Monday, June 27, 2022 Jun 27, 2022
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By D Magazine |

County Clerk Earl Bullock is bursting with pride. It seems that his department performed a rather rare task during the last fiscal year: It made money. Yes, profit-in county government. It almost sounds sinful.

The 1983 budget for the county clerk’s office was $4.1 million. The budget has stayed about even with inflation for almost 10 years. At the end of the 1983 fiscal year (October 1), the county was $114,000 in the black because of the money-saving tactics in Bullock’s department. The county clerk says that according to his records, the county hasn’t seen a profit in the department in recent history. Profit in any county department, in tact, is about as rare as an argument-free meeting at the Commissioner’s Court.

All this wasn’t accomplished by Bullock alone; some outside factors helped the situation. The biggest chunk of the county clerk’s budget goes to personnel, which was slightly cut back this year, and the allocations for salaries increased only slightly between fiscal 1982 and fiscal 1983. Usually, the increase is greater. Another factor is simply that the clerk’s office had a lot of business in 1983.

Any time that a citizen needs to record a document-birth certificate, death certificate, marriage license or deed-he must pay the clerk’s office to process and microfilm it. Last year, the average charge for this procedure (the fees vary depending on the document) was $5.16, but the county spends an average of $1.19 per transaction. In the past, this difference was used to cover other expenses in the department.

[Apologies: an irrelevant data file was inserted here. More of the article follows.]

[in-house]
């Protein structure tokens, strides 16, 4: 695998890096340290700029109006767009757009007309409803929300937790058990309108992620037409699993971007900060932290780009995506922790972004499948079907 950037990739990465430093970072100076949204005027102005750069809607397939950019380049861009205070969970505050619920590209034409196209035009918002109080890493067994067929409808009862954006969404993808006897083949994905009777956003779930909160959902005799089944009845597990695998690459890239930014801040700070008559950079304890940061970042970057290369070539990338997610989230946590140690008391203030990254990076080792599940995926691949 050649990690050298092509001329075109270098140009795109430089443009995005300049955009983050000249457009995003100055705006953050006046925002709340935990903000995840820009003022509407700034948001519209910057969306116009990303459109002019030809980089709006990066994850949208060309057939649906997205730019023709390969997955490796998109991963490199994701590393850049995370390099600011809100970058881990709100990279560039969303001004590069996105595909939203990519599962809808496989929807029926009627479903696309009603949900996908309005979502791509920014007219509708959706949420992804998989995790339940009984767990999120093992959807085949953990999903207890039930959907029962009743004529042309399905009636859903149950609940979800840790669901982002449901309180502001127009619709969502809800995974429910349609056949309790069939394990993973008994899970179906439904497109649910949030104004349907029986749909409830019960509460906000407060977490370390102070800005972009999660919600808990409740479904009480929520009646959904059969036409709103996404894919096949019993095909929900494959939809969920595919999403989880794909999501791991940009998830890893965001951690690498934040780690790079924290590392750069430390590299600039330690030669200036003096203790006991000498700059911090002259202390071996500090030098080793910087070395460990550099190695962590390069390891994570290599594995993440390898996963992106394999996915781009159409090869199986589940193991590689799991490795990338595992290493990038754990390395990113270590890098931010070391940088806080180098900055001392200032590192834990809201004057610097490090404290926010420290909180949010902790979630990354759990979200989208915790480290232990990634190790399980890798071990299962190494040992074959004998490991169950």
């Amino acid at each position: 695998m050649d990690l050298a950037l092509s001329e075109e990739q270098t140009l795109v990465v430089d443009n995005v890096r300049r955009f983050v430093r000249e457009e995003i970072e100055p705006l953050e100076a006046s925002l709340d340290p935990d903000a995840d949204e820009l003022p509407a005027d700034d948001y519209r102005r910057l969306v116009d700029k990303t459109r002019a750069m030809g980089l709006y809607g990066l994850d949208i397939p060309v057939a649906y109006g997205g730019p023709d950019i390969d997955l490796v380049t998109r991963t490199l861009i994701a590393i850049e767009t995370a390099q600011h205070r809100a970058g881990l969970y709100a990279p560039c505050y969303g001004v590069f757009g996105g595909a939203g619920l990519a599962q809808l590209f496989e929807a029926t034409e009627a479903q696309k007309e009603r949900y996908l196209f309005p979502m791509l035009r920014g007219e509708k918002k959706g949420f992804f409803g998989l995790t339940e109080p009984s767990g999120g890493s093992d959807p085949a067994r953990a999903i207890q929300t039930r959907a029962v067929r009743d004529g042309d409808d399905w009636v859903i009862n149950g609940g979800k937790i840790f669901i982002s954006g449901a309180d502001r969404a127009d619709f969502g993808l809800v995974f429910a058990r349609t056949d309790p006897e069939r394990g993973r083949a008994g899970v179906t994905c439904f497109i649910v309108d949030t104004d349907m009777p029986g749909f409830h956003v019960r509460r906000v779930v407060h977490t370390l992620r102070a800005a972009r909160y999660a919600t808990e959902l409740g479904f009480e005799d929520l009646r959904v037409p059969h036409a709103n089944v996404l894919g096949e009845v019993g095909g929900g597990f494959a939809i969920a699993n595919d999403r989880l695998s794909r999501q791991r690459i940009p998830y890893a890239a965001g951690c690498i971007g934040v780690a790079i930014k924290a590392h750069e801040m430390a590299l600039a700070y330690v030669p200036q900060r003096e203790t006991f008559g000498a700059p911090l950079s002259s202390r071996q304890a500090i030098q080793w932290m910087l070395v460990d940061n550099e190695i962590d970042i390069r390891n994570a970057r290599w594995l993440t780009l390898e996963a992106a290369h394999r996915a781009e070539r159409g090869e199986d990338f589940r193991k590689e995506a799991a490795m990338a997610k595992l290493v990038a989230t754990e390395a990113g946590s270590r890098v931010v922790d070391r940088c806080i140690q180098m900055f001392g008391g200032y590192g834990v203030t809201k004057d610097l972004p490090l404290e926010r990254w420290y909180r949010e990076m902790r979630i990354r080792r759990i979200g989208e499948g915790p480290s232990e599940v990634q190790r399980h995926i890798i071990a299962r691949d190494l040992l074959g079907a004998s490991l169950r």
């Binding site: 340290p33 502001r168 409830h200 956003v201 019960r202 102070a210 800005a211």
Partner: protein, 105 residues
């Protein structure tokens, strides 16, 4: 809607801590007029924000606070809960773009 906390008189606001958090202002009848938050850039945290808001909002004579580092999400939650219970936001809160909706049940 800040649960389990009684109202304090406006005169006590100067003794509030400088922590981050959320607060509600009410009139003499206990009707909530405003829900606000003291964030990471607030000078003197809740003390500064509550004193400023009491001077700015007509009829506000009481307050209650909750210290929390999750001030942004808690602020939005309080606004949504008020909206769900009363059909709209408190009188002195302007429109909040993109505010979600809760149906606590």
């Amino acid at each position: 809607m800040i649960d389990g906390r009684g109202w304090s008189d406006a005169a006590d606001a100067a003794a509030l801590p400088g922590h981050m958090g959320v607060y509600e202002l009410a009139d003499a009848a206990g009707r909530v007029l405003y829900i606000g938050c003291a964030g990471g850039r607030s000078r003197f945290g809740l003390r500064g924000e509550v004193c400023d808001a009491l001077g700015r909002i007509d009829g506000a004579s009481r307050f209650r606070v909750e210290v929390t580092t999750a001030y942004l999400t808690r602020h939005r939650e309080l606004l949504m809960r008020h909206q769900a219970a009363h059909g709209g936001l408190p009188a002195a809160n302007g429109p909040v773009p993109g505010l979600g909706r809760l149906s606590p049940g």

This was where Bullock shone. Although the office was operating with less than a full staff for much of the year, the county clerk and his crew kept up with the increased workload and actually improved productivity. Bullock says he accomplished this through “modernization”: He provided additional computerization to the criminal courts section and automated the recording department. He also says he motivated his employees-just like a real businessman wanting to turn a profit.

Unlike your average profit-hungry businessman, Bullock didn’t have his hands on the fruits of his labor for long. Every last nickel of that $114,000 went into the county’s general fund. But that doesn’t keep Bullock from dreaming. If he could channel those funds back into his department, he says he would computerize the county’s five civil courts (none have even so much as a bargain-basement personal computer) and financially reward his staff members for their efforts.

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